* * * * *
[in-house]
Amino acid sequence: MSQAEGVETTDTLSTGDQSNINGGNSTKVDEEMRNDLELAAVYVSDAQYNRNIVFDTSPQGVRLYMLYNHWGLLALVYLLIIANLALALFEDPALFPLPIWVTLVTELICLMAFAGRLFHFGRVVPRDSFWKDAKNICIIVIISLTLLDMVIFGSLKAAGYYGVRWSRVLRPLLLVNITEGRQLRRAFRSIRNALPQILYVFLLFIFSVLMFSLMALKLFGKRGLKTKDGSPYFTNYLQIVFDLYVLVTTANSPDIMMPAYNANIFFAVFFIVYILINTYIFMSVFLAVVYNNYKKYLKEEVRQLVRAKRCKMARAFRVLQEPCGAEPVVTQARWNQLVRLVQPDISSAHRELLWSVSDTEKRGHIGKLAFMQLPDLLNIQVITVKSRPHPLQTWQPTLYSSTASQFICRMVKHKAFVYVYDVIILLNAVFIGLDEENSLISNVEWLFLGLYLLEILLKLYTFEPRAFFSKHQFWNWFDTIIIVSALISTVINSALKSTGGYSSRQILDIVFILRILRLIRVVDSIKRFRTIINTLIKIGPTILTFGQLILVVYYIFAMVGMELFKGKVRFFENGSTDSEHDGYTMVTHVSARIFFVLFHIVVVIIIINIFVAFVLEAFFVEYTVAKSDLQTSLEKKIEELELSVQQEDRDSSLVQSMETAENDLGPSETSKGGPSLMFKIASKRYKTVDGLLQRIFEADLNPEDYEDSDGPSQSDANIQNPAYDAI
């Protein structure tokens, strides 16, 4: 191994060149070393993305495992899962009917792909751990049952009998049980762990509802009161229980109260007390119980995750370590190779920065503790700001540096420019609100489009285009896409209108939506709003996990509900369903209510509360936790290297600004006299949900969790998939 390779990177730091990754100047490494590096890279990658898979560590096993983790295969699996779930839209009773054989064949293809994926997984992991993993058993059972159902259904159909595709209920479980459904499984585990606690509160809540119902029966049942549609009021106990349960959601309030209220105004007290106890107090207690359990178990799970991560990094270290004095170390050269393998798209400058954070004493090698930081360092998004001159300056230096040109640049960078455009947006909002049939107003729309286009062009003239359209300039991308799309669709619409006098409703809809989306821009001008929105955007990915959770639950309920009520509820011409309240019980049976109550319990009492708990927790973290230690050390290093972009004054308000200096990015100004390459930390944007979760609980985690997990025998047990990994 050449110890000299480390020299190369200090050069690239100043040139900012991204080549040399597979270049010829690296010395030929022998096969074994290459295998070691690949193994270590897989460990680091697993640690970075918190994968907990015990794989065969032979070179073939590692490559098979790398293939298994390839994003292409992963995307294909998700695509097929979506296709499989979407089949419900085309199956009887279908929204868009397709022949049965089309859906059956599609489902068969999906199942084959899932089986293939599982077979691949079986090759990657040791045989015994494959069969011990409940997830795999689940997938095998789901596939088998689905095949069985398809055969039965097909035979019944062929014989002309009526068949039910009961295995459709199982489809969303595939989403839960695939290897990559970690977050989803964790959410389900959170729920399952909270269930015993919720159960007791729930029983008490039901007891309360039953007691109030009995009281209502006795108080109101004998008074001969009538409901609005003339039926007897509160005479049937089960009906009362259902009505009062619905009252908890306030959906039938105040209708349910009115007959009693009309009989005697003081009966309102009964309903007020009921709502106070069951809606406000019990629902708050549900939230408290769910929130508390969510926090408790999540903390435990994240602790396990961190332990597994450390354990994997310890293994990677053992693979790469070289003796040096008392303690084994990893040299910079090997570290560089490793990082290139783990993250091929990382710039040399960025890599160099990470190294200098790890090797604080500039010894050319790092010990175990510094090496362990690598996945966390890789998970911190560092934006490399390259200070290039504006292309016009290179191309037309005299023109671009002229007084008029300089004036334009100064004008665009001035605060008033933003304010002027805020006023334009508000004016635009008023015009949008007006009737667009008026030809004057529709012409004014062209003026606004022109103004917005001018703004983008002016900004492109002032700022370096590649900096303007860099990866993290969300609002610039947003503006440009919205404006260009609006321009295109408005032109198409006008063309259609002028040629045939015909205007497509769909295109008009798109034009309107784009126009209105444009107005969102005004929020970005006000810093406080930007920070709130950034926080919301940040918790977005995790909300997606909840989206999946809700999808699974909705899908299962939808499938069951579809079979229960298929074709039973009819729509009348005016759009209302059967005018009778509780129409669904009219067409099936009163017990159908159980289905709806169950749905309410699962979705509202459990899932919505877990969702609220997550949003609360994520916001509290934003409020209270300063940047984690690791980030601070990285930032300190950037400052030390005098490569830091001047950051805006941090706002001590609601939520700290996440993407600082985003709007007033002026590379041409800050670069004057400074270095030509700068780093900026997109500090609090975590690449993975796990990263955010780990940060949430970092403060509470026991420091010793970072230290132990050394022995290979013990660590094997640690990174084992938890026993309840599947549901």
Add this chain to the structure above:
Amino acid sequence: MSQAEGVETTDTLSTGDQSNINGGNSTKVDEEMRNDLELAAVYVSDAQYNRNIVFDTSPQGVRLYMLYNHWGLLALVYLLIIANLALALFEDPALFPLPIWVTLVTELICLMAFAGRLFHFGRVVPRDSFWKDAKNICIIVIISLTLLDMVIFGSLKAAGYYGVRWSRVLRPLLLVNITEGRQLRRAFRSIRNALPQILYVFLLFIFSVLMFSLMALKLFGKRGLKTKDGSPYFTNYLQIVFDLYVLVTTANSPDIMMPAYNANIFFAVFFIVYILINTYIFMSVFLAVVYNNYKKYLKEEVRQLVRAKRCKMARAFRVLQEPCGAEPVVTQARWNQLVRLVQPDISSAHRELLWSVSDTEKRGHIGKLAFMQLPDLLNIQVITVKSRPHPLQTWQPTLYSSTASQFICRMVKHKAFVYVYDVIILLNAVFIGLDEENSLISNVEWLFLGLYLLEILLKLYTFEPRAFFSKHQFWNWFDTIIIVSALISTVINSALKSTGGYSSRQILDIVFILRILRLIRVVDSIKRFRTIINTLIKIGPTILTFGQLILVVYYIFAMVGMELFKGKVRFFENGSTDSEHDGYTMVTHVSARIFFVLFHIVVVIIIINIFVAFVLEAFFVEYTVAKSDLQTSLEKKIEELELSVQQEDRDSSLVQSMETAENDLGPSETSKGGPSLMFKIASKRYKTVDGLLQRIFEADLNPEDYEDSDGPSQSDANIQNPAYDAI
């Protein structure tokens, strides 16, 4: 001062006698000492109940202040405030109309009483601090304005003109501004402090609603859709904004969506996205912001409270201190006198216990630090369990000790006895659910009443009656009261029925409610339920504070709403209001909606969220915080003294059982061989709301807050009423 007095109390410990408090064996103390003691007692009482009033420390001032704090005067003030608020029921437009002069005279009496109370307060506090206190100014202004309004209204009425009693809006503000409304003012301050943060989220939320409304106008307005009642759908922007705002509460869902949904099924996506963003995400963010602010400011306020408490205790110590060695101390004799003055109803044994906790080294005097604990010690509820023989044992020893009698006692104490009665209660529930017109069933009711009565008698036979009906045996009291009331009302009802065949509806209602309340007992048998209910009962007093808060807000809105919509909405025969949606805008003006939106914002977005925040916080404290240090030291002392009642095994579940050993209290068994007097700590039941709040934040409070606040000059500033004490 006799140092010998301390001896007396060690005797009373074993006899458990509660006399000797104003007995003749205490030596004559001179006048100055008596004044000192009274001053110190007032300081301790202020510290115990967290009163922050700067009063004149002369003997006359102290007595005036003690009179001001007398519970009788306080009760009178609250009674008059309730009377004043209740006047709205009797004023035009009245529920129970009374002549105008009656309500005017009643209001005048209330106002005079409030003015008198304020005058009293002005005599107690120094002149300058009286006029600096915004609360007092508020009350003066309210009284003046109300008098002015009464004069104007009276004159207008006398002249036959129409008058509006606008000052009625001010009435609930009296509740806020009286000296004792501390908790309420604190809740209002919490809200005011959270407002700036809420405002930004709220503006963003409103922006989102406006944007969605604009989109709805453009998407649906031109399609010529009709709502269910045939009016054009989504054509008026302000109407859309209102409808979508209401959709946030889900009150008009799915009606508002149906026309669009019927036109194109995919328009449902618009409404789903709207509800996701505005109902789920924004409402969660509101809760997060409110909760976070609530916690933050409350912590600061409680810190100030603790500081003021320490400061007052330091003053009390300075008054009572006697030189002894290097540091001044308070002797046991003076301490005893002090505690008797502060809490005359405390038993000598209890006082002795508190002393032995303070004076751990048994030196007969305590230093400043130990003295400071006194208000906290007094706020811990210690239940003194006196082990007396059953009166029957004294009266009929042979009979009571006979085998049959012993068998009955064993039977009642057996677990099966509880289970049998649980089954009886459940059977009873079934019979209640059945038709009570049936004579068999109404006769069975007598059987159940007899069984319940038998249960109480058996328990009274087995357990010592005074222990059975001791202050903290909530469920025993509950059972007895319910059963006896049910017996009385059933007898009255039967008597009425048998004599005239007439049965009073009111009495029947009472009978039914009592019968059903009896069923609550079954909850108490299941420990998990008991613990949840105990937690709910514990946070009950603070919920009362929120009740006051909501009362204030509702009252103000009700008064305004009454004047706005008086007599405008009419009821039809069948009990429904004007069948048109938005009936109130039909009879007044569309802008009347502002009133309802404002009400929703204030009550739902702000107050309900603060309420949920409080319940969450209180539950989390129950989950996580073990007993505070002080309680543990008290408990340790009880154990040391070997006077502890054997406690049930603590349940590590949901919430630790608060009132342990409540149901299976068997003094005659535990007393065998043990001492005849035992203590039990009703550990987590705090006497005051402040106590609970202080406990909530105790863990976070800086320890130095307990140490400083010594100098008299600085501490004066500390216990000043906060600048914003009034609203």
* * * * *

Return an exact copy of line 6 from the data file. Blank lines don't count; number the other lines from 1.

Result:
């Protein structure tokens, strides 16, 4: 001062006698000492109940202040405030109309009483601090304005003109501004402090609603859709904004969506996205912001409270201190006198216990630090369990000790006895659910009443009656009261029925409610339920504070709403209001909606969220915080003294059982061989709301807050009423 007095109390410990408090064996103390003691007692009482009033420390001032704090005067003030608020029921437009002069005279009496109370307060506090206190100014202004309004209204009425009693809006503000409304003012301050943060989220939320409304106008307005009642759908922007705002509460869902949904099924996506963003995400963010602010400011306020408490205790110590060695101390004799003055109803044994906790080294005097604990010690509820023989044992020893009698006692104490009665209660529930017109069933009711009565008698036979009906045996009291009331009302009802065949509806209602309340007992048998209910009962007093808060807000809105919509909405025969949606805008003006939106914002977005925040916080404290240090030291002392009642095994579940050993209290068994007097700590039941709040934040409070606040000059500033004490 006799140092010998301390001896007396060690005797009373074993006899458990509660006399000797104003007995003749205490030596004559001179006048100055008596004044000192009274001053110190007032300081301790202020510290115990967290009163922050700067009063004149002369003997006359102290007595005036003690009179001001007398519970009788306080009760009178609250009674008059309730009377004043209740006047709205009797004023035009009245529920129970009374002549105008009656309500005017009643209001005048209330106002005079409030003015008198304020005058009293002005005599107690120094002149300058009286006029600096915004609360007092508020009350003066309210009284003046109300008098002015009464004069104007009276004159207008006398002249036959129409008058509006606008000052009625001010009435609930009296509740806020009286000296004792501390908790309420604190809740209002919490809200005011959270407002700036809420405002930004709220503006963003409103922006989102406006944007969605604009989109709805453009998407649906031109399609010529009709709502269910045939009016054009989504054509008026302000109407859309209102409808979508209401959709946030889900009150008009799915009606508002149906026309669009019927036109194109995919328009449902618009409404789903709207509800996701505005109902789920924004409402969660509101809760997060409110909760976070609530916690933050409350912590600061409680810190100030603790500081003021320490400061007052330091003053009390300075008054009572006697030189002894290097540091001044308070002797046991003076301490005893002090505690008797502060809490005359405390038993000598209890006082002795508190002393032995303070004076751990048994030196007969305590230093400043130990003295400071006194208000906290007094706020811990210690239940003194006196082990007396059953009166029957004294009266009929042979009979009571006979085998049959012993068998009955064993039977009642057996677990099966509880289970049998649980089954009886459940059977009873079934019979209640059945038709009570049936004579068999109404006769069975007598059987159940007899069984319940038998249960109480058996328990009274087995357990010592005074222990059975001791202050903290909530469920025993509950059972007895319910059963006896049910017996009385059933007898009255039967008597009425048998004599005239007439049965009073009111009495029947009472009978039914009592019968059903009896069923609550079954909850108490299941420990998990008991613990949840105990937690709910514990946070009950603070919920009362929120009740006051909501009362204030509702009252103000009700008064305004009454004047706005008086007599405008009419009821039809069948009990429904004007069948048109938005009936109130039909009879007044569309802008009347502002009133309802404002009400929703204030009550739902702000107050309900603060309420949920409080319940969450209180539950989390129950989950996580073990007993505070002080309680543990008290408990340790009880154990040391070997006077502890054997406690049930603590349940590590949901919430630790608060009132342990409540149901299976068997003094005659535990007393065998043990001492005849035992203590039990009703550990987590705090006497005051402040106590609970202080406990909530105790863990976070800086320890130095307990140490400083010594100098008299600085501490004066500390216990000043906060600048914003009034609203």